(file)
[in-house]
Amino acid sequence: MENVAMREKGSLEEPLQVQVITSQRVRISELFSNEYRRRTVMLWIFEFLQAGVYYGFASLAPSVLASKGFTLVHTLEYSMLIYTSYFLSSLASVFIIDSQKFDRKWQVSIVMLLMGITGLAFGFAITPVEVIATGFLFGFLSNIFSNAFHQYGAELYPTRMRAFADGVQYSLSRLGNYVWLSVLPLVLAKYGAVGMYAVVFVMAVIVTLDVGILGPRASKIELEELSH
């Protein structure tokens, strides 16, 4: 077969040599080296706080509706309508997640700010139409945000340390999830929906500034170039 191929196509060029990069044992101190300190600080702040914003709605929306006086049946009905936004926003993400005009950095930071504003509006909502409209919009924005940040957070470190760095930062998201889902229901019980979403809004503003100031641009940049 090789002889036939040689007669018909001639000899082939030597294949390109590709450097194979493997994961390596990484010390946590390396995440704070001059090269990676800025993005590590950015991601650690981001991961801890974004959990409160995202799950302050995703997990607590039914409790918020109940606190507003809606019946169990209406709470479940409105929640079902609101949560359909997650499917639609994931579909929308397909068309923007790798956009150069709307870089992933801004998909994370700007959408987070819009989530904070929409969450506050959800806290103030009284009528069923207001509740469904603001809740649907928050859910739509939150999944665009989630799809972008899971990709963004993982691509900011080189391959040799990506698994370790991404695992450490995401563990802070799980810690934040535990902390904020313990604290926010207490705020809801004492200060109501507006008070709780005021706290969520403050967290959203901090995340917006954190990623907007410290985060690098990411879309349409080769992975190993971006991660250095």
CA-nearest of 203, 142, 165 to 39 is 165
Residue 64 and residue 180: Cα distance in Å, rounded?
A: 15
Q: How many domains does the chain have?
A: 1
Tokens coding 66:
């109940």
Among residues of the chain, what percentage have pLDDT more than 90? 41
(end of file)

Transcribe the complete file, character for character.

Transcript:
[in-house]
Amino acid sequence: MENVAMREKGSLEEPLQVQVITSQRVRISELFSNEYRRRTVMLWIFEFLQAGVYYGFASLAPSVLASKGFTLVHTLEYSMLIYTSYFLSSLASVFIIDSQKFDRKWQVSIVMLLMGITGLAFGFAITPVEVIATGFLFGFLSNIFSNAFHQYGAELYPTRMRAFADGVQYSLSRLGNYVWLSVLPLVLAKYGAVGMYAVVFVMAVIVTLDVGILGPRASKIELEELSH
């Protein structure tokens, strides 16, 4: 077969040599080296706080509706309508997640700010139409945000340390999830929906500034170039 191929196509060029990069044992101190300190600080702040914003709605929306006086049946009905936004926003993400005009950095930071504003509006909502409209919009924005940040957070470190760095930062998201889902229901019980979403809004503003100031641009940049 090789002889036939040689007669018909001639000899082939030597294949390109590709450097194979493997994961390596990484010390946590390396995440704070001059090269990676800025993005590590950015991601650690981001991961801890974004959990409160995202799950302050995703997990607590039914409790918020109940606190507003809606019946169990209406709470479940409105929640079902609101949560359909997650499917639609994931579909929308397909068309923007790798956009150069709307870089992933801004998909994370700007959408987070819009989530904070929409969450506050959800806290103030009284009528069923207001509740469904603001809740649907928050859910739509939150999944665009989630799809972008899971990709963004993982691509900011080189391959040799990506698994370790991404695992450490995401563990802070799980810690934040535990902390904020313990604290926010207490705020809801004492200060109501507006008070709780005021706290969520403050967290959203901090995340917006954190990623907007410290985060690098990411879309349409080769992975190993971006991660250095």
CA-nearest of 203, 142, 165 to 39 is 165
Residue 64 and residue 180: Cα distance in Å, rounded?
A: 15
Q: How many domains does the chain have?
A: 1
Tokens coding 66:
């109940």
Among residues of the chain, what percentage have pLDDT more than 90? 41